Cartelization issues in the cement industry and the government’s reaction to it have been much in news recently. Neither cartelization, nor the accusations about it are new. Many of the Monopolistic and Restrictive Trade Practices (MRTP) Commission inquiries on cartelization initiated in the early 1990s are still unresolved. But that hasn’t prevented the government from threatening to revive a virtually abandoned provision of the Industries (Development and Regulation) Act, 1951, that empowers it to regulate prices and supplies of industrial commodities without bringing them under the purview of the Essential Commodities Act, a law that falls under state governments’ control.
If in the 21st century India, nearly two decades after we embarked upon the path of free market, the government is wont to blackmail industry with price control, it’s a pity. At the same time, if you are going to believe that industry does not indulge in cartelization as it claims, you might as well believe that I am Queen Elizabeth.
In fact, the wish to maximize profit is as innate as the wish to avoid taxes. Just as nobody pays taxes willingly, nobody avoids price fixation or cartelization willingly. There is nothing innate in tax payments and cartelization for anyone to fall in line proactively, so that one can hardly expect self-regulation to work in situations such as these.
The old tax regime with rates at 97% levels yielded far lower collections than the latter-day tax rate of 30% combined with other systemic reforms of the liberalized era. Clearly, a liberal environment with a higher probability of being caught upon wrongdoing, coupled with a stiff consequence when caught, ensures superior compliance.
The government hardly needs to tell us that cartelization is bad for consumers. Consumers know. But what they do not need is the support of price control which, unless the demand-supply position improves, can only mean longer waiting time or black market transactions. It is a no-brainer that in a free market, the government has no case for supporting (say, sugar) or controlling (say, cement) prices. Of course, this is not to justify cartelization. That must be seriously discouraged. But, has our legal environment been conducive enough?
A World Bank Policy Research Working Paper (No. 2680 by Evenett, Levenstein and Suslow) shows that if the financial gain from cartelization (or any financial transgression, say, ticketless travel) is X and the probability of indictment is p, then in general a penalty F that is equal to or higher than “X/p” will provide the necessary deterrent. This formulation results from the reasonable supposition that to be effective, the expected value of the penalty for an action can’t be lower than the benefit from that action — this guides most penalties in developed countries, where penalties often run into millions of dollars.
But the situation in India hardly deters cartels (or much else besides). Given little probability of being indicted under the MRTP Act, 1969, cartels have always been active. What makes matters worse is that cartelization is only a civil offence, not a criminal offence. Further, with the inherent difficulties in proving cartelization, cases don’t get resolved for decades and the probability of being indicted is typically under 5%. Even in proven cases, the orders have been limited to “cease and desist” — the equivalent of requesting the erring parties, “kindly do not indulge in the act again”. The “penalties” are limited to returning the gains from the price fixation to the affected parties!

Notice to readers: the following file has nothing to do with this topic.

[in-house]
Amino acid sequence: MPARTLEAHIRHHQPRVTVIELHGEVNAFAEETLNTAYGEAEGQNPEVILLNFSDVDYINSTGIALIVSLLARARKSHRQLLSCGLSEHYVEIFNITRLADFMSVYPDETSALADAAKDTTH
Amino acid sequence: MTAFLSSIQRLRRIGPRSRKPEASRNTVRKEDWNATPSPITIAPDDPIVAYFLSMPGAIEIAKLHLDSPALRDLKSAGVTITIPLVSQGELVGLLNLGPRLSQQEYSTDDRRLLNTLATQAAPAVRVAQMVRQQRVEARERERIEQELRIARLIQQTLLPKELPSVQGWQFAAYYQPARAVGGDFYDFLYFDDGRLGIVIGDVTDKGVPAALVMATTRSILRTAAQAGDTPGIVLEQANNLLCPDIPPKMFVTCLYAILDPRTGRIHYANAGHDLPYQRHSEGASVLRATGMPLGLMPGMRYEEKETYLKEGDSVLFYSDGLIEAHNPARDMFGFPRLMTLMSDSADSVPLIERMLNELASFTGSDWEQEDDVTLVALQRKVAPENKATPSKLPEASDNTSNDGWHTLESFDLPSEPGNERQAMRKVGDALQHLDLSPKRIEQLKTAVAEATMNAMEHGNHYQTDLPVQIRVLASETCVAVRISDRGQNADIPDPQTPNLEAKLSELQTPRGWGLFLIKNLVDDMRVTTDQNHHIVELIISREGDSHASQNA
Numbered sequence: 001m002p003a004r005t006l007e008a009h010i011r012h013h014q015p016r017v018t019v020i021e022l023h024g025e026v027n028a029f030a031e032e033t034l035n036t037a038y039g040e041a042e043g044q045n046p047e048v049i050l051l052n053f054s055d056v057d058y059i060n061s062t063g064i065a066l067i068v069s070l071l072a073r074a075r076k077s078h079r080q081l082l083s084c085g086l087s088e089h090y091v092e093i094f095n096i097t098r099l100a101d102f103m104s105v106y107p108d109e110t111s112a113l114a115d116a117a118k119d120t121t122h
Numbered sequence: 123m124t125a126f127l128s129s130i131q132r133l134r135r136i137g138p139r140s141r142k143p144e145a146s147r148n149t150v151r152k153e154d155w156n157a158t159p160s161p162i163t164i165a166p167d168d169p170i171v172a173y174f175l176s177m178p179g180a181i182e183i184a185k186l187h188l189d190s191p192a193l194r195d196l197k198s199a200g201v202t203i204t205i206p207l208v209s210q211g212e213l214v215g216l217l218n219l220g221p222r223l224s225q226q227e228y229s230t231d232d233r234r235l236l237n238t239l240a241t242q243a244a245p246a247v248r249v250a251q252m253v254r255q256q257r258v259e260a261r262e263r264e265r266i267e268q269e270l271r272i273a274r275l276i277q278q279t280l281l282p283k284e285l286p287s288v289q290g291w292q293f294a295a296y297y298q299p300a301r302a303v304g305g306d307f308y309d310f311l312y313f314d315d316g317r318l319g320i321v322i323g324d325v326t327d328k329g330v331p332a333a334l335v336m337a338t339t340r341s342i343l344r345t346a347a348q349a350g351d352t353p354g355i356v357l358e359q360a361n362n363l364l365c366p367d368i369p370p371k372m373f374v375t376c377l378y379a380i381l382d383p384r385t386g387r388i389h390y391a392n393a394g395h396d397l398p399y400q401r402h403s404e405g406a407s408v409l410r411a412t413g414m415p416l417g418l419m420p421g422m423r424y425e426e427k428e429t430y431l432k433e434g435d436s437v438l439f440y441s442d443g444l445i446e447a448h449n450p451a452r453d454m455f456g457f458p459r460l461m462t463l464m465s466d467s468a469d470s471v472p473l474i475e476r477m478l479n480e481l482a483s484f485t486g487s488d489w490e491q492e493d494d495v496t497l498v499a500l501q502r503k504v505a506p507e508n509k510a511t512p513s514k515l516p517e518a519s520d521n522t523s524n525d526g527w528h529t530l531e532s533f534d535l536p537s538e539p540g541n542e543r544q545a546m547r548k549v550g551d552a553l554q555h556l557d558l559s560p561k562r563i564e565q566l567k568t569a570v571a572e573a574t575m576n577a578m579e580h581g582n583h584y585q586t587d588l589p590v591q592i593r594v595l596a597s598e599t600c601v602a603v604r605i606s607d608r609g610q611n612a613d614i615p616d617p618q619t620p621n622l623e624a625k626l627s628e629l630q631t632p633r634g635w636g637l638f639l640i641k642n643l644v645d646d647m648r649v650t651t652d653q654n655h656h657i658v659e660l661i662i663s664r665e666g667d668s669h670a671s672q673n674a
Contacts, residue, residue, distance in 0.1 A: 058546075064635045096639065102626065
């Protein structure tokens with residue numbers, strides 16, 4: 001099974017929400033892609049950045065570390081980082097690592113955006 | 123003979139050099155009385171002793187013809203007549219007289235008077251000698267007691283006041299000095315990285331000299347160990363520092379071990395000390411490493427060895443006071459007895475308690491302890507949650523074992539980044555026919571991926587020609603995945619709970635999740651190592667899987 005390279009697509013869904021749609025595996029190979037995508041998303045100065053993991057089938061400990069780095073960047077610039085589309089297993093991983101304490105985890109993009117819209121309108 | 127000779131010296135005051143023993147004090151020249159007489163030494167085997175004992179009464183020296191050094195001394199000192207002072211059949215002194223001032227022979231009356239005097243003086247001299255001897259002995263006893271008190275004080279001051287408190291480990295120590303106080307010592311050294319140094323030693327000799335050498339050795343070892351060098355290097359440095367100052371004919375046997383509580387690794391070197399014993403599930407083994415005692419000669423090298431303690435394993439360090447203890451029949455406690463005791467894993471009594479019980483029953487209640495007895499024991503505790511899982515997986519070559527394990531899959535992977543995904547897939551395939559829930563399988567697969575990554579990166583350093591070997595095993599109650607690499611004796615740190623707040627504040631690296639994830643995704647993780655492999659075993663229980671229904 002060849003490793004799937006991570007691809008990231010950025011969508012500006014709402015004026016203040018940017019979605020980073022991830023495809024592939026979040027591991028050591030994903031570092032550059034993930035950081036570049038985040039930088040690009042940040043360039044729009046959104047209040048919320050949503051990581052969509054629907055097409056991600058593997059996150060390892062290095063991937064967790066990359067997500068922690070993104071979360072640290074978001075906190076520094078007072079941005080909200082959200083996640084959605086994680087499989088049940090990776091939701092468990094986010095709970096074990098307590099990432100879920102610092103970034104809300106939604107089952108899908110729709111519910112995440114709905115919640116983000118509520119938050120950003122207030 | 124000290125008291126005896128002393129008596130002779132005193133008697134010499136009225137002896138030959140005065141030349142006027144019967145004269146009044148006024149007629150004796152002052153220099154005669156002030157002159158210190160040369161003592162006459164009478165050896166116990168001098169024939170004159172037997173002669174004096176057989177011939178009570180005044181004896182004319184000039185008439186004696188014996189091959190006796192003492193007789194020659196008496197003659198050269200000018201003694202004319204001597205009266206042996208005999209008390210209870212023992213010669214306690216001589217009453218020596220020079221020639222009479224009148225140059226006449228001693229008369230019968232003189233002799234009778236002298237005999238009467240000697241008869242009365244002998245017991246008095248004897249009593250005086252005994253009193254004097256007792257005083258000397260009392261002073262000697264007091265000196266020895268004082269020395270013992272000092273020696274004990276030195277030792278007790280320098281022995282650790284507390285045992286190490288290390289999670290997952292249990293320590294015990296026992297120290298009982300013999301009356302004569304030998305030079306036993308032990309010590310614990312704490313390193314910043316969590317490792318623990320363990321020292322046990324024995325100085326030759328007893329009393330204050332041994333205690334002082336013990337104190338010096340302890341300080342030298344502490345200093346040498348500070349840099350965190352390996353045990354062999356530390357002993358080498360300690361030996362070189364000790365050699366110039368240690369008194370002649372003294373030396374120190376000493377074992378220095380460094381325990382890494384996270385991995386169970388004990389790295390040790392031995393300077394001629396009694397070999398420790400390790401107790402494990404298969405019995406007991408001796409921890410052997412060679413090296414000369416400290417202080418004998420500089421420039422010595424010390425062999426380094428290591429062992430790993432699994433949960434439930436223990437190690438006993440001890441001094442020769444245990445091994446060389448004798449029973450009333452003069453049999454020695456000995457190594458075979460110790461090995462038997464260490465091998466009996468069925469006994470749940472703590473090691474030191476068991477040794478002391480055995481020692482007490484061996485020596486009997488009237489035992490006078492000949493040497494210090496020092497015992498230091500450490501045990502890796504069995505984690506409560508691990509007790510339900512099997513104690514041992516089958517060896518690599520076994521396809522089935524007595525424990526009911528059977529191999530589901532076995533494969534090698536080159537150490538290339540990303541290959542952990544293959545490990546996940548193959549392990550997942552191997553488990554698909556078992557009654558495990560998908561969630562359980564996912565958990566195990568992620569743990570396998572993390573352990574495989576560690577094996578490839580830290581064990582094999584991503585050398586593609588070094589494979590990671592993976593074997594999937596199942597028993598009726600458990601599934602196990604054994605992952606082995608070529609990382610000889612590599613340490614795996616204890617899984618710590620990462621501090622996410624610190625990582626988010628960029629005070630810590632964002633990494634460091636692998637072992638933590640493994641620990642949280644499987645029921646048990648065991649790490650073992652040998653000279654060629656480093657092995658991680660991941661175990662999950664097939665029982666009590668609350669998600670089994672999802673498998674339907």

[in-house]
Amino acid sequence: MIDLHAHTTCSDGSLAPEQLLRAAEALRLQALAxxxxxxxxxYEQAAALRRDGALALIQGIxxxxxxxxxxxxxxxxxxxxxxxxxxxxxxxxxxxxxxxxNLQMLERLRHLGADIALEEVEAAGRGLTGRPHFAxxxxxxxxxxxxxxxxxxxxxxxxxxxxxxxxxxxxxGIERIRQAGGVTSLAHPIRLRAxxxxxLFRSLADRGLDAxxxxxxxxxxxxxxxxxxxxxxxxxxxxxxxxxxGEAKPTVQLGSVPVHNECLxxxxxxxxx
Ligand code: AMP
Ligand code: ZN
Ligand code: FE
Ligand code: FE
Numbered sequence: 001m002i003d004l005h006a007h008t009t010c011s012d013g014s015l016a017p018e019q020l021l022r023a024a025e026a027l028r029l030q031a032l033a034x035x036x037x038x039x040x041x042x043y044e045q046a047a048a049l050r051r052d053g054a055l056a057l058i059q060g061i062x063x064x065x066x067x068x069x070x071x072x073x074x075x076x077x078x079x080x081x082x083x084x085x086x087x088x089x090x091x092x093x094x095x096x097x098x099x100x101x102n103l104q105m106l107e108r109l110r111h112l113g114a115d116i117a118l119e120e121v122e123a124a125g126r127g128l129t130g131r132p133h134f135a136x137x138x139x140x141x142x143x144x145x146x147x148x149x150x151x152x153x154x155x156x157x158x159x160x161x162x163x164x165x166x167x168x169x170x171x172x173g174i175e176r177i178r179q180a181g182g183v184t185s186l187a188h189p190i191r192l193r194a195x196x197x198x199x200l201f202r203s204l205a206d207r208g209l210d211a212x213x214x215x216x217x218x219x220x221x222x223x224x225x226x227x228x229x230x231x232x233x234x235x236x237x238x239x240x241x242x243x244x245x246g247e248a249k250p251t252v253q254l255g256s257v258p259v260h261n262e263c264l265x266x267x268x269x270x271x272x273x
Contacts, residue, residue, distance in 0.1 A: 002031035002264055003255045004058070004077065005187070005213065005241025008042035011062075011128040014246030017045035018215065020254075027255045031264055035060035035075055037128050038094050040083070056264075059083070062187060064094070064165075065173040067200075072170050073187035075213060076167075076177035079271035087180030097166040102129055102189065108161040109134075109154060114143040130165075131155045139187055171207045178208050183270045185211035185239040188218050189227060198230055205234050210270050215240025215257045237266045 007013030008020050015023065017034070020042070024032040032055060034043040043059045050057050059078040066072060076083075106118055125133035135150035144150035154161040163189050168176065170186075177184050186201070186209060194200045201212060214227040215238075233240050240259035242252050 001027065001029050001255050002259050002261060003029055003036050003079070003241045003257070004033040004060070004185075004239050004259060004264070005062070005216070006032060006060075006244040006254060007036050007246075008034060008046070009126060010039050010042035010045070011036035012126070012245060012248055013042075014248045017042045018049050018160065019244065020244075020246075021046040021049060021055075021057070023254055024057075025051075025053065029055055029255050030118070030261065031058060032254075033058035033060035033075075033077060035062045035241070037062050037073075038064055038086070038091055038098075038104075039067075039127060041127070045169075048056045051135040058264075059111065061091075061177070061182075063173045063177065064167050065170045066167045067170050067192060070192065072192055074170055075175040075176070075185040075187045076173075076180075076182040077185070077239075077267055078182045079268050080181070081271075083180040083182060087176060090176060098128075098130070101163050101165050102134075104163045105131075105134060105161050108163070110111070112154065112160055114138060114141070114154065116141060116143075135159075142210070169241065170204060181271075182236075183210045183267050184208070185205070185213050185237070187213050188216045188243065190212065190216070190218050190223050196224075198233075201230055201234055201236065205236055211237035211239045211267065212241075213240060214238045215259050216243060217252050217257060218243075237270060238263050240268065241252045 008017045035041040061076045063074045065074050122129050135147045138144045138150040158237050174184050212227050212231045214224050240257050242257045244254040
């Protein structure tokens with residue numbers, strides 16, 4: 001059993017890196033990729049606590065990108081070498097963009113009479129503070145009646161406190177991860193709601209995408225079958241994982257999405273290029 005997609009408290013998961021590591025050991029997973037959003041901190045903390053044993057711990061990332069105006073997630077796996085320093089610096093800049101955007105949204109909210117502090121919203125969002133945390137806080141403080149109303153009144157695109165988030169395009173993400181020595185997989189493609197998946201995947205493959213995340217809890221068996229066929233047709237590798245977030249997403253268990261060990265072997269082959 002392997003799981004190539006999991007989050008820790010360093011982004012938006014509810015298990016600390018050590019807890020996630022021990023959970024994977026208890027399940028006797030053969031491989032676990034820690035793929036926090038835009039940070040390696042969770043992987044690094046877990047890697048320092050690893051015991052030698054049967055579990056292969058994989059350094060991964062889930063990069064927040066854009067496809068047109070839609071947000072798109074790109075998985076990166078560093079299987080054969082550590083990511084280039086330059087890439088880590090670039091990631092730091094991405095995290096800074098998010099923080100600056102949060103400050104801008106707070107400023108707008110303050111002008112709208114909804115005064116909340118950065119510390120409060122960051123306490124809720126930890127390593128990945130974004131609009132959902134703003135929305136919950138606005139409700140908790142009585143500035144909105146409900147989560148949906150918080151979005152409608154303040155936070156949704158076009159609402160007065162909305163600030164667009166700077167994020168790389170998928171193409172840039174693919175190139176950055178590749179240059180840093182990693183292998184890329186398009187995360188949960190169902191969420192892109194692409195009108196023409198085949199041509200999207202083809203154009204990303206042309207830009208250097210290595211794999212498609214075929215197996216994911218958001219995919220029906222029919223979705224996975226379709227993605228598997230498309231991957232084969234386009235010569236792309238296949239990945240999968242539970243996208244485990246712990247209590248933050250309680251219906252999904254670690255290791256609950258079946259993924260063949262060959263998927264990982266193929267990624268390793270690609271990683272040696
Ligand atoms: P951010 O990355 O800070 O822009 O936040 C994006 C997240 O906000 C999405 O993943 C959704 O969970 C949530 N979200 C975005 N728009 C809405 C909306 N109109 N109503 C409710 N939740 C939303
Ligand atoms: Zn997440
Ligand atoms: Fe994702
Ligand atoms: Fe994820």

This means if you can get away with price fixing (of which the probability is extremely high), you make a killing; if you are caught, you are merely begged by the court not to do it and if you are particularly unlucky, to just return the excess profits made to the complainants. It’s heads, you win big; and tails, you lose nothing. Contrast this with other major counties, where cartelization is not only a criminal offence with heavy punitive fines and much higher rates of indictment, but CEOs are also routinely known to be imprisoned for the offence.
The Competition Act, 2002, replacing the MRTP Act, 1969, is expected to come into force only this year, thanks to some of its provisions being challenged in the Supreme Court earlier. While cartelization will continue to remain a civil offence under this Act, it provides for fines going up to 10% of turnover or three times the profit made out of anti-corruption practices — such as in the UK. Will this steeper penalty address the problem of cartelization better? Unlikely.
This is because the new Act provides for a penalty (X) at three times the profit made from cartelization. If this penalty is to be a deterrent, the probability (p) of indictment will have to be higher than 33%. If the probability is any less, the indicated penalty will not be a sufficient deterrent. A civil case dragging on for years is hardly likely to give an indictment rate upwards of one in three. The other alternative, assuming an indictment rate of a mere 5%, is to keep the penalty (X) at about 20 times the profits from cartelization. Else, it is unlikely that the Competition Act will succeed where the MRTP has failed, at least as far as cartelization is concerned.
The government’s eagerness to bring back price control seems to indicate its weak resolve to improve the probability of indictment. A high penalty then has no meaning.
All we need to do to improve the probability of indictment is undertake periodic one-time campaigns with special courts for judging cases. With a high indictment rate, a reasonable number of participants in the system would begin to comply, thus encouraging compliance at a larger scale — people tend to do what most others are doing (read Richard Thaler and Cass Sunstein’s book, Nudge).
V. Raghunathan is CEO of GMR Varalakshmi Foundation. These are his personal views. Comment at email@example.com